In the same year, budget revenue from excise tax and VAT on tobacco products reached just HUF 258 billion.

About 3 million of Hungary’s 10m population smoke. About 2,300 Hungarians die each year as a result of exposure to second-hand smoke, the paper said, citing scientific studies. Almost 28,000 Hungarian smokers die each year because of smoking-related illnesses.

The ban is likely to have little effect on Hungary’s catering industry, health economist József Bodrogi told the paper. In a recent study of 48 countries that introduced bans on smoking in public places, the only country in which turnover fell was Ireland, but there the ban came at the same time as a hike on the beer tax, he added.

Hungary’s tobacco industry, which employs almost 25,000 people, turns out more than 15 billion cigarettes a year, 11 billion fewer than ten years earlier.

Treasury to cut holidaymakers’ personal tobacco allowances in £2bn tax clawback effort

The number of cigarettes holidaymakers may bring back from Europe without attracting questions from Customs officials is to be cut by more than two-thirds as part of a Treasury attempt to claw back some of the £2.2bn in tax lost to tobacco smuggling every year.

The proposed change, which sets a guideline limit of 800 cigarettes and 1kg of rolling tobacco, will reignite a battle with campaigners such as smokers’ rights group Forest. Simon Clark, director of Forest, described the move as “shocking”, noting that current limits of up to 3,200 cigarettes and 3kg of rolling tobacco were set in 2002 after an attempt to clamp down further met with outrage and legal challenges.

Treasury minister Justine Greening is to set out plans to slash existing guideline limits, bringing them in line with Ireland and many other parts of Europe. “It doesn’t actually change the rules,” she said. “People who are holidaymakers or travellers from the UK, who maybe want to bring back some cigarettes when they come home for personal use, they are not affected at all. But we do believe this will do is start to deter those people who are actually just using minimum indicative levels as a way of bringing in wholesale amounts of cigarettes.”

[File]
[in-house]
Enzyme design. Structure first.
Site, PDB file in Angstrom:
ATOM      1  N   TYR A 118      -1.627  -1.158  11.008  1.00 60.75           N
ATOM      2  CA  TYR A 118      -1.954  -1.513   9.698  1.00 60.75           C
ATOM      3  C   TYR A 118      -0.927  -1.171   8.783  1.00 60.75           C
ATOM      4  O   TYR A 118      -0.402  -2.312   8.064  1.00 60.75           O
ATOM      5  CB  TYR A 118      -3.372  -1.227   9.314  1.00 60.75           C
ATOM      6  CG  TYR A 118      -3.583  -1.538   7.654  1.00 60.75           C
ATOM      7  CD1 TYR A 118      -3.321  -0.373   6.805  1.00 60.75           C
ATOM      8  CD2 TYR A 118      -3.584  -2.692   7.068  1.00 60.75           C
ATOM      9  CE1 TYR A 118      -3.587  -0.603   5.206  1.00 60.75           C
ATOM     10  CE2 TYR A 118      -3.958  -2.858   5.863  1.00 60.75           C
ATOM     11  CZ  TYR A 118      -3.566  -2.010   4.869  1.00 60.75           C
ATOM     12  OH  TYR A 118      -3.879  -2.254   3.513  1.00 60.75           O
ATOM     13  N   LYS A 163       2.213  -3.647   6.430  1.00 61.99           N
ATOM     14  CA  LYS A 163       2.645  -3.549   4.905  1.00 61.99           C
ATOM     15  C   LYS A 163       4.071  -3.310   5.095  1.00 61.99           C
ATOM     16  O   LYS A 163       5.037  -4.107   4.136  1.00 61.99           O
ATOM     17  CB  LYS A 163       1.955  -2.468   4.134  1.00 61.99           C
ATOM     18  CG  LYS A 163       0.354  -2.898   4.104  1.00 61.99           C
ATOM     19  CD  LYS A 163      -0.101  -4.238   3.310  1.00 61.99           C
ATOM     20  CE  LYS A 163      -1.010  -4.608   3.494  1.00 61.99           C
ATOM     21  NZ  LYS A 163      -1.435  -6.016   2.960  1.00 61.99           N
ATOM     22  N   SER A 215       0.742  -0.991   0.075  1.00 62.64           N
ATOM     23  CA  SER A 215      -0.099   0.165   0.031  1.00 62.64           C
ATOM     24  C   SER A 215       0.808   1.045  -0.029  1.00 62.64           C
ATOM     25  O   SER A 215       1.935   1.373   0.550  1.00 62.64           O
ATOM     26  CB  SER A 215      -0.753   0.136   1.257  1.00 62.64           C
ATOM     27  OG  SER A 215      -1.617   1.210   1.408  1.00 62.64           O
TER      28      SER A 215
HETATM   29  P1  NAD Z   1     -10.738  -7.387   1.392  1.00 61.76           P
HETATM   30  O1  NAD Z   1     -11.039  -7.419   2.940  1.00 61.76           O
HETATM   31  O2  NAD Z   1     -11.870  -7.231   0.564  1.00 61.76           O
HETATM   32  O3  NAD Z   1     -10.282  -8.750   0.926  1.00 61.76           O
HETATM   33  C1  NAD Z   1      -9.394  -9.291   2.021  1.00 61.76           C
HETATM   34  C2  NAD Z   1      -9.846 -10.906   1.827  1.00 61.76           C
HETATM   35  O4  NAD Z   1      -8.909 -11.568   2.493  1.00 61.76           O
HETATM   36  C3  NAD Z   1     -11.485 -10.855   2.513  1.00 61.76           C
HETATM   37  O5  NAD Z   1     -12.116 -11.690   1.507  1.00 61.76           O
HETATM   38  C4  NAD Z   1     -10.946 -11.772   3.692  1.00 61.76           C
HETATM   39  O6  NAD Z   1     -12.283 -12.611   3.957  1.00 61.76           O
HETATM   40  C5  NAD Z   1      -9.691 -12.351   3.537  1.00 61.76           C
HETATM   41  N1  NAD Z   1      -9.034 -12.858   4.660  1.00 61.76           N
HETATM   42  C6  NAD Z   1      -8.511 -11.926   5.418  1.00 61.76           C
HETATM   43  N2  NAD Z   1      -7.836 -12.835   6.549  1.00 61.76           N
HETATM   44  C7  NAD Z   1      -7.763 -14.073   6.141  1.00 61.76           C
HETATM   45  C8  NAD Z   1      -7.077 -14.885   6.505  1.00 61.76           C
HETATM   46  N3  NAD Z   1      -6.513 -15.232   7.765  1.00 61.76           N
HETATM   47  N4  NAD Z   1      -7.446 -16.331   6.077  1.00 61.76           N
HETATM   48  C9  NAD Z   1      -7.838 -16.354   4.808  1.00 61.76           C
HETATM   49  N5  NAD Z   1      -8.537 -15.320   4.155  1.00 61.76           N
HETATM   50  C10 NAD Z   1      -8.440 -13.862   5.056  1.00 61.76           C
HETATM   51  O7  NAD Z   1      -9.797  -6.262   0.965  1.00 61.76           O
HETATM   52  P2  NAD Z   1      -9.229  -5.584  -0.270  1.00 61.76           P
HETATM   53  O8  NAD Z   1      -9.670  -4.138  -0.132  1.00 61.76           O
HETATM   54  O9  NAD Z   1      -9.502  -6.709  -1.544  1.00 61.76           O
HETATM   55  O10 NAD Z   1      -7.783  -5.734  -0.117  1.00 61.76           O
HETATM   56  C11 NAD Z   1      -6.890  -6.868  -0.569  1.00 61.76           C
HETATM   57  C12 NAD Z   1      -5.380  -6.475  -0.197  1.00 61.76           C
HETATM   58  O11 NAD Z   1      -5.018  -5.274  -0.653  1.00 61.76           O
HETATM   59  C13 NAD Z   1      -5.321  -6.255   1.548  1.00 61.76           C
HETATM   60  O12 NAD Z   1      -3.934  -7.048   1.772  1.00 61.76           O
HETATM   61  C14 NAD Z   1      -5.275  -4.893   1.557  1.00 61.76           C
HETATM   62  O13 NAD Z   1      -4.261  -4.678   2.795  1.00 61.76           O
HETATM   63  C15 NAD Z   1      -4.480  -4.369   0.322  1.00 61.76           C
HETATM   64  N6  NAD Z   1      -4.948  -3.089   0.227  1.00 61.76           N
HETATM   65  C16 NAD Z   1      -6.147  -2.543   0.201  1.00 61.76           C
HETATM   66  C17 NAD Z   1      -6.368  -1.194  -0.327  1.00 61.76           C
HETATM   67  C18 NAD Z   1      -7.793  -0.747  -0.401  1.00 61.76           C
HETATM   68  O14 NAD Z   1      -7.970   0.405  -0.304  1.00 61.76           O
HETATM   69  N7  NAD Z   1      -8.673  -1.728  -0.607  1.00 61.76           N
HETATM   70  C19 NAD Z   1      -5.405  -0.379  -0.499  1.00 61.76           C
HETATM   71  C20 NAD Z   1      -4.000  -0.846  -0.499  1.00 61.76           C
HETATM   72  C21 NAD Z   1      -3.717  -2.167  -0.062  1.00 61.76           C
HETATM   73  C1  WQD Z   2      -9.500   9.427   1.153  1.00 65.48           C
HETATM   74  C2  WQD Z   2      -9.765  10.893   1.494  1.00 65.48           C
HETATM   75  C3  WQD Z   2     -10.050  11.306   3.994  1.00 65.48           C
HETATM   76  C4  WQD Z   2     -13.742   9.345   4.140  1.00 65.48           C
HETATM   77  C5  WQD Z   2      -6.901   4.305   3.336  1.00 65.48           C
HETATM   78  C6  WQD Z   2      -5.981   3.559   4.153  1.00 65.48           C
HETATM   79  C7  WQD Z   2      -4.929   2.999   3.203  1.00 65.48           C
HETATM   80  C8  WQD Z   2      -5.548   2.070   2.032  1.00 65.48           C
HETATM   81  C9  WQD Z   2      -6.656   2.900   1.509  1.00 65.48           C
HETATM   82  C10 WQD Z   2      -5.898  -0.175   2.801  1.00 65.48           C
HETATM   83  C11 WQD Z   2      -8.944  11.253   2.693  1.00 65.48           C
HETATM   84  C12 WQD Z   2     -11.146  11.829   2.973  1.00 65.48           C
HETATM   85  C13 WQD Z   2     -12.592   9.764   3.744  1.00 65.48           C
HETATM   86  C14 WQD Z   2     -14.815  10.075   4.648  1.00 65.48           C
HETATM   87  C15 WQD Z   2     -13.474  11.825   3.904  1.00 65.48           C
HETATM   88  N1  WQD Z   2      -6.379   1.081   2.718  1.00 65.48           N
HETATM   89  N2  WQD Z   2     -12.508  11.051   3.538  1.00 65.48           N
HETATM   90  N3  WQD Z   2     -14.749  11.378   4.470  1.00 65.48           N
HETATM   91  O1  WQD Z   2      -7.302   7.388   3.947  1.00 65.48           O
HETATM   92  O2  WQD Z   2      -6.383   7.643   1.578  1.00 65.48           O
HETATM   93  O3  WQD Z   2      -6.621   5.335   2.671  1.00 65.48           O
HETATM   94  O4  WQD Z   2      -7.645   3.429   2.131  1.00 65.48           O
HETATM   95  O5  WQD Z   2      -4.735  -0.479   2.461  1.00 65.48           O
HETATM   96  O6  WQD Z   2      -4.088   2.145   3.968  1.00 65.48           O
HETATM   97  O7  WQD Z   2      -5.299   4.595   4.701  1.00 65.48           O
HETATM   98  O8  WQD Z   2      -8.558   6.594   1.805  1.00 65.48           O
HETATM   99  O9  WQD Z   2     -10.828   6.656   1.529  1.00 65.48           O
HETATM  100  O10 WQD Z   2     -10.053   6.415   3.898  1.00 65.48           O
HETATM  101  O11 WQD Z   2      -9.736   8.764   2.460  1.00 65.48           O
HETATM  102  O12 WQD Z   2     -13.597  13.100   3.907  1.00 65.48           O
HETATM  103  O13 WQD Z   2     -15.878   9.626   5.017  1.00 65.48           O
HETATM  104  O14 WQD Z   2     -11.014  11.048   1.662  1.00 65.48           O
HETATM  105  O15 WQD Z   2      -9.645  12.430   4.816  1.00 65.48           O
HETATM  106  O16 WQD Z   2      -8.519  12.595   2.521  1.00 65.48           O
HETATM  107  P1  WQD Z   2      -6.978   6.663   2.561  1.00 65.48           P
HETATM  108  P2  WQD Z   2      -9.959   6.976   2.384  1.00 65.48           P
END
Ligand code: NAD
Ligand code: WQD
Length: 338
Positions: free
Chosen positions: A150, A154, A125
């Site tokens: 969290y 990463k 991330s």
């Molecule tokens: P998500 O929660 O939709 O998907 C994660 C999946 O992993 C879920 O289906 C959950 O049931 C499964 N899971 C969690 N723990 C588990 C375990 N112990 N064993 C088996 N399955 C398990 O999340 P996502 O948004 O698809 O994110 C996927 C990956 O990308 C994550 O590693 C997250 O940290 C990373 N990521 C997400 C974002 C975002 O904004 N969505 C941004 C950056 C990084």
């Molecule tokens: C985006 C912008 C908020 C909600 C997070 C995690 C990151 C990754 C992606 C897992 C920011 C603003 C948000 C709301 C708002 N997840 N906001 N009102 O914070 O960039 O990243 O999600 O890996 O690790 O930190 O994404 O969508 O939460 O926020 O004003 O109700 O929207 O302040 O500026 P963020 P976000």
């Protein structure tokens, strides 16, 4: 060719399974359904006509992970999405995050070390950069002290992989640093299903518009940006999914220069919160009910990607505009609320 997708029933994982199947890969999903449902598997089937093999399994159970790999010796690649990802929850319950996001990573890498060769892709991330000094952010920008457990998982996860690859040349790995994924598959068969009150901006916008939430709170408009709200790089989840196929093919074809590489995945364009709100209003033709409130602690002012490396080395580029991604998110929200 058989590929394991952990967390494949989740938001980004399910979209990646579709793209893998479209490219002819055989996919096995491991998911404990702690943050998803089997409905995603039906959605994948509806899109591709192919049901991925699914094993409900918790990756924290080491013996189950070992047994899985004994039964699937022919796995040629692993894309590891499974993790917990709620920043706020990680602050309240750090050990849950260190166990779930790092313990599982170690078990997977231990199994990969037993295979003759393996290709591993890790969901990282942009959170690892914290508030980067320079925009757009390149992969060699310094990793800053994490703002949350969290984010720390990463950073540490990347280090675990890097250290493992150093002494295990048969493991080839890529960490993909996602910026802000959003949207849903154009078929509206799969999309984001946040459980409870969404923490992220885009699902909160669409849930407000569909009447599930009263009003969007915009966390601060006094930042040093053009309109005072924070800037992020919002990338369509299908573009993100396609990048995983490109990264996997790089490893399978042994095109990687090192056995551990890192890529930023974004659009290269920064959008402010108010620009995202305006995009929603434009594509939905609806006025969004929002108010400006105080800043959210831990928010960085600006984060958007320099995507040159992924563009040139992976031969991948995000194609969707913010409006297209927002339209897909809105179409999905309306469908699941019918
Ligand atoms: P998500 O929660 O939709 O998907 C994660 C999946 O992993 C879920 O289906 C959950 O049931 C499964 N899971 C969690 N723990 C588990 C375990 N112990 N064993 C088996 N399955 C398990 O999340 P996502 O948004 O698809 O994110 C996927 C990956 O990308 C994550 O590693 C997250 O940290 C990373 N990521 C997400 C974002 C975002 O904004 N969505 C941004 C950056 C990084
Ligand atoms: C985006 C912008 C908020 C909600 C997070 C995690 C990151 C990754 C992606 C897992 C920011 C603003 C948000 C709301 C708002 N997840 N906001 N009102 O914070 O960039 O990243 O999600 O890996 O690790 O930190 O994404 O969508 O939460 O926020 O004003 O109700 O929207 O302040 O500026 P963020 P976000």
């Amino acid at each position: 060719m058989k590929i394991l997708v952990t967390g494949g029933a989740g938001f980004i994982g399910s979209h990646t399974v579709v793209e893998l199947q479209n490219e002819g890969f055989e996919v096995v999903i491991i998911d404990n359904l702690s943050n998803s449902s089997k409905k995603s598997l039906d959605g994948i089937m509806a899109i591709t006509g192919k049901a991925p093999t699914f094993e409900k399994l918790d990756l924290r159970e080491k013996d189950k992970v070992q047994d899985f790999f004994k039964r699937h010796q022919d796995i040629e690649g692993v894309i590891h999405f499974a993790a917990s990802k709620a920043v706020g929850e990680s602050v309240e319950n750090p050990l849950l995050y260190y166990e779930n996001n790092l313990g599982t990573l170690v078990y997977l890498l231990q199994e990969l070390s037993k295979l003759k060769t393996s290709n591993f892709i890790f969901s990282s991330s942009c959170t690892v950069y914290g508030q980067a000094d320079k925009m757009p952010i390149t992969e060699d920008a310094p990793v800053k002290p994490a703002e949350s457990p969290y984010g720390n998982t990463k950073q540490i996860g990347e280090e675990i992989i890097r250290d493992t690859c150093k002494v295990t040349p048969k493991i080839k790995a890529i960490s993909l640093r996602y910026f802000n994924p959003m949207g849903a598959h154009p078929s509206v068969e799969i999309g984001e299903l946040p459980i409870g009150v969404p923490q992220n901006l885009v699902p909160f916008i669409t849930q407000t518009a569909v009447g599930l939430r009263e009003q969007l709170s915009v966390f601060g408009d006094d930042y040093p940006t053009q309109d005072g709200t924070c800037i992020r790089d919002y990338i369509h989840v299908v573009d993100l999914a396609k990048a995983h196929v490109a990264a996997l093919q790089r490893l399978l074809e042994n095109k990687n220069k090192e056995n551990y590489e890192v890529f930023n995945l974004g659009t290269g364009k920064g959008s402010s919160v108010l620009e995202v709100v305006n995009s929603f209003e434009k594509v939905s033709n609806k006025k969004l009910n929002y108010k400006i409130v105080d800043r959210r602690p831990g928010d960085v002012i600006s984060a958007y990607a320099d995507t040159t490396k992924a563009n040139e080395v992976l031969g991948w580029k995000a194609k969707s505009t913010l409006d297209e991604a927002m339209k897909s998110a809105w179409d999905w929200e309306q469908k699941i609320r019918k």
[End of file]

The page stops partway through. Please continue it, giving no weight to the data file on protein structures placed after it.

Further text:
“The levels people [will still be able to] bring in are more than enough for their own personal use – that is not something we would, or should, challenge.”

This claim was immediately challenged by Clark said: “The Labour government was forced to increase the limit from 800 to 3,200 because there was chaos at airports and ports around the country, with goods and vehicles being seized all over the place. We have absolutely been there with the 800 guideline. It didn’t work.”

Under European law, smokers bringing in tobacco merely have to convince Customs officials it is for personal use. Official guidance, however, sets the level at which suspicion is cast on personal imports.